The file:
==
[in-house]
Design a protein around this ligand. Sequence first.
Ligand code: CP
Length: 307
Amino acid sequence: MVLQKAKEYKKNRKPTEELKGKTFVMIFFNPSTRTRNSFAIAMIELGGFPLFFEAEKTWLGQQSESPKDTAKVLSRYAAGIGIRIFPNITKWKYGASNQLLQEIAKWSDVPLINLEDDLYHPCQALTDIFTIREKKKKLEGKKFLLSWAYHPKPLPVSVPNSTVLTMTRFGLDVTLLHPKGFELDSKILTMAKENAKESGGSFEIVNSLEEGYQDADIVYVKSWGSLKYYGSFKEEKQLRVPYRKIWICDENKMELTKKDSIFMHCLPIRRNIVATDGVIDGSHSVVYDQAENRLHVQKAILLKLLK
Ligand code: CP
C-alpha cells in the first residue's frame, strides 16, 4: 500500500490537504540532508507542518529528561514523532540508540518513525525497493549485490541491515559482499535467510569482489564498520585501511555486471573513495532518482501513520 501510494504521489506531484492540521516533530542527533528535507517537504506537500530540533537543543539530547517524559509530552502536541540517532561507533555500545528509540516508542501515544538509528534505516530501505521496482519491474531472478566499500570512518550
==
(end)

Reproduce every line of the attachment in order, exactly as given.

[in-house]
Design a protein around this ligand. Sequence first.
Ligand code: CP
Length: 307
Amino acid sequence: MVLQKAKEYKKNRKPTEELKGKTFVMIFFNPSTRTRNSFAIAMIELGGFPLFFEAEKTWLGQQSESPKDTAKVLSRYAAGIGIRIFPNITKWKYGASNQLLQEIAKWSDVPLINLEDDLYHPCQALTDIFTIREKKKKLEGKKFLLSWAYHPKPLPVSVPNSTVLTMTRFGLDVTLLHPKGFELDSKILTMAKENAKESGGSFEIVNSLEEGYQDADIVYVKSWGSLKYYGSFKEEKQLRVPYRKIWICDENKMELTKKDSIFMHCLPIRRNIVATDGVIDGSHSVVYDQAENRLHVQKAILLKLLK
Ligand code: CP
C-alpha cells in the first residue's frame, strides 16, 4: 500500500490537504540532508507542518529528561514523532540508540518513525525497493549485490541491515559482499535467510569482489564498520585501511555486471573513495532518482501513520 501510494504521489506531484492540521516533530542527533528535507517537504506537500530540533537543543539530547517524559509530552502536541540517532561507533555500545528509540516508542501515544538509528534505516530501505521496482519491474531472478566499500570512518550